Many of her writings display a dismissive loathing of show business with all its traditional razzmatazz. But throughout her life she was ambivalently drawn to the glitter of the footlights of the theater and the klieg lights of the movies, the stars and the hangers-on. . . . Most people who knew her believed that her attempts to impress through her work were directed unfaltering toward a shrewdly calculated ambition to become a celebrity.
If the Round Table had only persisted, its members would doubtless have become panelists on What's My Line?—and perennial talk-show guests. (It isn't hard to imagine them being “brilliant” with show business's current reductio ad absurdum of Parker, Joan Rivers.) The literary heirs of Parker, Benchley, and Company—talented writers who now appear in party columns and film credits but rarely between book covers—are legion today. What Frewin calls Parker's “enigmatic" aspects don't end with her divided loyalties to art and commerce. A liberal who was hounded by HUAC and who left her estate to Martin Luther King and the NAACP, she hung out with moneyed snobs, favored the most Aryan-appearing (and pedigreed) men, and sometimes was condescending toward Jews (including her despised father, a prosperous cloak-and-suit manufacturer named J. Henry Rothschild). Although constantly on the search for avid bedroom partners, she twice married the bisexual actor and writer Alan Campbell.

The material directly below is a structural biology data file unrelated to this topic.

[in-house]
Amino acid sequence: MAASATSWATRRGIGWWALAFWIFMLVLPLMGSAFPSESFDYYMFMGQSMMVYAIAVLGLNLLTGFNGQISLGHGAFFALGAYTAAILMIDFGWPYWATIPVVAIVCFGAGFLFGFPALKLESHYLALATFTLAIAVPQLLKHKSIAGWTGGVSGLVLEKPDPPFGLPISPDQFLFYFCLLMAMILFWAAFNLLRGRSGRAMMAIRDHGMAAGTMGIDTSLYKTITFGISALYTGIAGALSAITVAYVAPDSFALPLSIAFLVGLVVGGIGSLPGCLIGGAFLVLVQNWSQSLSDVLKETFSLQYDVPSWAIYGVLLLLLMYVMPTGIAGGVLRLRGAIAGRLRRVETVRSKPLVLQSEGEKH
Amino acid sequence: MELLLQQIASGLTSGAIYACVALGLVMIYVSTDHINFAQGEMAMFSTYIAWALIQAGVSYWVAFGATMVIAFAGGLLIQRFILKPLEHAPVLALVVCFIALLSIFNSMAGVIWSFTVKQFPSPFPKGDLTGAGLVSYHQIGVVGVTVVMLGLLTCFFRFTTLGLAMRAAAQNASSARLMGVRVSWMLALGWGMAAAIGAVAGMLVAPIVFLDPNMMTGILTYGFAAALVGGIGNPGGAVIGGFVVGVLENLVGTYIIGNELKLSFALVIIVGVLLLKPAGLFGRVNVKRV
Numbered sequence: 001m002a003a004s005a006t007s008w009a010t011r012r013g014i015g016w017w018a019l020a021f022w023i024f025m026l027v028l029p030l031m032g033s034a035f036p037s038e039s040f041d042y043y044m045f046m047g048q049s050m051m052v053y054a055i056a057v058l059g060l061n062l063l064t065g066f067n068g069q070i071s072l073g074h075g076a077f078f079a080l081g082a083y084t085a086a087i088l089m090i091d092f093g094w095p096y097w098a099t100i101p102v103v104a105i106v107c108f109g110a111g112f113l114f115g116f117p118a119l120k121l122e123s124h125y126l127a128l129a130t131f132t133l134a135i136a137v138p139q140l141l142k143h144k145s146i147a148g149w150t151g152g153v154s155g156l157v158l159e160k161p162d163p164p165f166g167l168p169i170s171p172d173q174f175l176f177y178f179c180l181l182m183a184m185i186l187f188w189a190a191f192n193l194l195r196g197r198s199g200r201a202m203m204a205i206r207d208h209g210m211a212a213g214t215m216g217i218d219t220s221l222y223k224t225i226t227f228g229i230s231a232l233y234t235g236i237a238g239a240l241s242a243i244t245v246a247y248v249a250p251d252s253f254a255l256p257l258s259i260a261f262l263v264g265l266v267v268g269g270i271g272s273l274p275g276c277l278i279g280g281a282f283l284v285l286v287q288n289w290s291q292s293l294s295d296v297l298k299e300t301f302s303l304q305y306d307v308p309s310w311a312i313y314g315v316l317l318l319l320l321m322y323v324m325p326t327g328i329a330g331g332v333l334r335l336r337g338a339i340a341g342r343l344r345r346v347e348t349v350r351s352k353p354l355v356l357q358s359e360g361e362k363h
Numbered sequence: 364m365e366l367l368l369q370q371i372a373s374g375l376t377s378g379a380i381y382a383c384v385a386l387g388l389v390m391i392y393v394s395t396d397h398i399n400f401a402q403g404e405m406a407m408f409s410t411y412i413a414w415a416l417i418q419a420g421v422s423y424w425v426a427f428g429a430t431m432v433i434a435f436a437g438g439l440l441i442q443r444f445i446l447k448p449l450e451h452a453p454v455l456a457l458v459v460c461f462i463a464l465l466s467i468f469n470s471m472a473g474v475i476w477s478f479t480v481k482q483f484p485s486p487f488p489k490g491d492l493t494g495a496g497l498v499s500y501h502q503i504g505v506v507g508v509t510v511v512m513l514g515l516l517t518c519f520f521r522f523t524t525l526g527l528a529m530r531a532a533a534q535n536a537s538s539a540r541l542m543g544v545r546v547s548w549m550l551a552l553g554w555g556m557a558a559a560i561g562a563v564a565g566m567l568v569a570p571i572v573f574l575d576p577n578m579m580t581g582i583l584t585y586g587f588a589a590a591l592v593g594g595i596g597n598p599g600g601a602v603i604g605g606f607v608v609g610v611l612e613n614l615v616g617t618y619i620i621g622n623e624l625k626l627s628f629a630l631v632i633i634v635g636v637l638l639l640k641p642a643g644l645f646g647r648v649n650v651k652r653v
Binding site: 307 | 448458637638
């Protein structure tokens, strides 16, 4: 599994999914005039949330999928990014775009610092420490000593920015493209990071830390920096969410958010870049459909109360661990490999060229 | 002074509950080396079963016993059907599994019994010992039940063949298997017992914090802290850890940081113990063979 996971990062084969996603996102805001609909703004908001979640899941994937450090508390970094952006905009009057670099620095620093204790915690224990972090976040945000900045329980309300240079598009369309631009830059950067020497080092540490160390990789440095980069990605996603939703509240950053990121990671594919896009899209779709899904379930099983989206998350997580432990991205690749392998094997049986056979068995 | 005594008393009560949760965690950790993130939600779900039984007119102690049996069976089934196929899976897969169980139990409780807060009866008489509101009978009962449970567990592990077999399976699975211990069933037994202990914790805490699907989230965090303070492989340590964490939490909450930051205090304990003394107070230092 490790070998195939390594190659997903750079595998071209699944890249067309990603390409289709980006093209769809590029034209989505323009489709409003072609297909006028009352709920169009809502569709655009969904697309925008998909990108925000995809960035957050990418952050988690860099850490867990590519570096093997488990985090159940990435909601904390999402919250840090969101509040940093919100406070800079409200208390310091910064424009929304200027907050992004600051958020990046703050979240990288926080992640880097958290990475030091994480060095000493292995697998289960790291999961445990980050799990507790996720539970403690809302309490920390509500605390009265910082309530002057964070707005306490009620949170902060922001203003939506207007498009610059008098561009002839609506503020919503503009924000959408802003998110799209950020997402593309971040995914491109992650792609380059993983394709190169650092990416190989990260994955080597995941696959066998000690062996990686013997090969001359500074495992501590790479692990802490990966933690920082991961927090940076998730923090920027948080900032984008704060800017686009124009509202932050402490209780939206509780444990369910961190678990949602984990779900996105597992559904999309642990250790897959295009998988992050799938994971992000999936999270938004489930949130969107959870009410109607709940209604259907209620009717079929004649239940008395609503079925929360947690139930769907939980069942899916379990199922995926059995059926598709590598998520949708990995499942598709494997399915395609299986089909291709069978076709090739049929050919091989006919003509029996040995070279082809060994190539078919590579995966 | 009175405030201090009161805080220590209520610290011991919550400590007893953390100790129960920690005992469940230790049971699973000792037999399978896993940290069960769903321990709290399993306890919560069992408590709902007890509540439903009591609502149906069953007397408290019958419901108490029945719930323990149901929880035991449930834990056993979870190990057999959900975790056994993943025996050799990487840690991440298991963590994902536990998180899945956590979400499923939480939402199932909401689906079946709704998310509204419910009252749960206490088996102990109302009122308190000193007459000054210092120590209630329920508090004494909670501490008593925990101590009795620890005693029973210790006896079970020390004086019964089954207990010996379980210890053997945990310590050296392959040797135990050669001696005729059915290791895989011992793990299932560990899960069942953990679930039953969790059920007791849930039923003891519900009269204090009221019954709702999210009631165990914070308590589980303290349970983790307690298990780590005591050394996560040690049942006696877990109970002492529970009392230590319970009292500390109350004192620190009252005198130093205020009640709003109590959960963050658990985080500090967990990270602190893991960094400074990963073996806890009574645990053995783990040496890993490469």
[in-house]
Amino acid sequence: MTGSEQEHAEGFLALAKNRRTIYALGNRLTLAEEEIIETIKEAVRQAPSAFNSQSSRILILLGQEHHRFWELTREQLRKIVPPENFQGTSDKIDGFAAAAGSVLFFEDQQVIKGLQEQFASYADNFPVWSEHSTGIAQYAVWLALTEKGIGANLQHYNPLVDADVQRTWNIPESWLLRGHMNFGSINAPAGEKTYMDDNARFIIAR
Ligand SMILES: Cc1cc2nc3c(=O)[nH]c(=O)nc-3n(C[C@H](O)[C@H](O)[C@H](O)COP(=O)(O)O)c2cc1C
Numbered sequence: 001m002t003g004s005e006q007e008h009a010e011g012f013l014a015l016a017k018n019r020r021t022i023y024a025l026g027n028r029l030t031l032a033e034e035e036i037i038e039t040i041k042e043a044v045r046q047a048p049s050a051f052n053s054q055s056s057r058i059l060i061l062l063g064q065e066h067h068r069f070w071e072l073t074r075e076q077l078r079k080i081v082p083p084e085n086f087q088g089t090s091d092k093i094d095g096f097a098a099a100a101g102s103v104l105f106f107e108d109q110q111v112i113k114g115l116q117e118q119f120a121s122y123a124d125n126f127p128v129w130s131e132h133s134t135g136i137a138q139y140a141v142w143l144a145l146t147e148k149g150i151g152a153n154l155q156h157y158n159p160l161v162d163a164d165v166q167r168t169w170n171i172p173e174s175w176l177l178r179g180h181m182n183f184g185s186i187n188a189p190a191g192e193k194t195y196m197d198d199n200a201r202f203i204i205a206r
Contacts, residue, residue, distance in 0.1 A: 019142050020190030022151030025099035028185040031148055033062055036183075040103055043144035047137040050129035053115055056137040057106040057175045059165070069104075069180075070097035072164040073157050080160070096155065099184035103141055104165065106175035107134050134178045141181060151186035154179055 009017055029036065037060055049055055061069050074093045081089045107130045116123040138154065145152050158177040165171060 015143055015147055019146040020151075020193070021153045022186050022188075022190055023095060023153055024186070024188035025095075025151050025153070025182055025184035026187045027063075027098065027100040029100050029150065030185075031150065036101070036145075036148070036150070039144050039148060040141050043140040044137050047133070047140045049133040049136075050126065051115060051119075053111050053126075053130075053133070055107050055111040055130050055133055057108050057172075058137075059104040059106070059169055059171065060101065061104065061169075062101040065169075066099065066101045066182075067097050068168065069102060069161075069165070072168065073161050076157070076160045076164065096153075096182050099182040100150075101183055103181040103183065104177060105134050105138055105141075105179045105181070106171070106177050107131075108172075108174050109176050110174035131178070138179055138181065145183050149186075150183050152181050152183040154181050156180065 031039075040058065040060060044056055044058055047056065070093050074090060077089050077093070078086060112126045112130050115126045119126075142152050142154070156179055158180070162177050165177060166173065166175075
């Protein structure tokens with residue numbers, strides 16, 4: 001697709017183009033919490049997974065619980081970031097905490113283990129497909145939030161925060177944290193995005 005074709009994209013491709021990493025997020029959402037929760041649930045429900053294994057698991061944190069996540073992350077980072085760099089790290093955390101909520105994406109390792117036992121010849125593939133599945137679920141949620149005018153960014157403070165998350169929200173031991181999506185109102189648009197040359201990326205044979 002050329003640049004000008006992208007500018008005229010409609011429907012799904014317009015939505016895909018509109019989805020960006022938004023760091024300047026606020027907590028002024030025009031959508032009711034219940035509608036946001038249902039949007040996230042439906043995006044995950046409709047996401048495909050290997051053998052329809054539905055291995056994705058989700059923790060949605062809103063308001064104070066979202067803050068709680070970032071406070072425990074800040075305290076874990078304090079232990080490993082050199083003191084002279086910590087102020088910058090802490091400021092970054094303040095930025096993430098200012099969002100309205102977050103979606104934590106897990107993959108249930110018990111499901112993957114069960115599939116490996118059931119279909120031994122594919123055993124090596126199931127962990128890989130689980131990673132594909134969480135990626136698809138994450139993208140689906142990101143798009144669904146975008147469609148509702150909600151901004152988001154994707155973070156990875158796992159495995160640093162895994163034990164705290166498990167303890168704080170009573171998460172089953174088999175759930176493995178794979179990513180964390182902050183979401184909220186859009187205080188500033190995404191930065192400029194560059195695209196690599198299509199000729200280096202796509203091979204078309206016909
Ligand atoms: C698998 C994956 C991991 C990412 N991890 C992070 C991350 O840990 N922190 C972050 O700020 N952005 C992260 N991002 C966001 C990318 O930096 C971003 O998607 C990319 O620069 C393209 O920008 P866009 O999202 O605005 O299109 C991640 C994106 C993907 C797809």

But these matters—like Parker's unhappy childhood, her suicide attempts, and the two decades of alcoholic oblivion preceding her death, at age 73, in 1967—are only perfunctorily examined in Frewin's biography. This is a hack cut-and-paste job that often either recapitulates or quotes profusely from secondary sources, including the previous journalistic biography of Parker (You Might As Well Live: The Life and Times of Dorothy Parker by John Keats, which appeared in 1970), the relevant Hellman memoirs, and the various Round Table round-ups (by James R. Gaines, Scott Meredith, and others). Frewin's idea of journalistic enterprise includes having “dined a deux on numerous occasions with Merle Oberon on the balcony of her suite at Monte Carlo's Hotel de Paris.” He uses the words “mordant” and “acerbic” at every opportunity, never resists a cliché or an alliterative phrase (“living legend,” “epicene epigrams,” “rapier ripostes”), and among other psychological banalities speculates that “happiness is rarely the lot of the searching, contemplative mind.”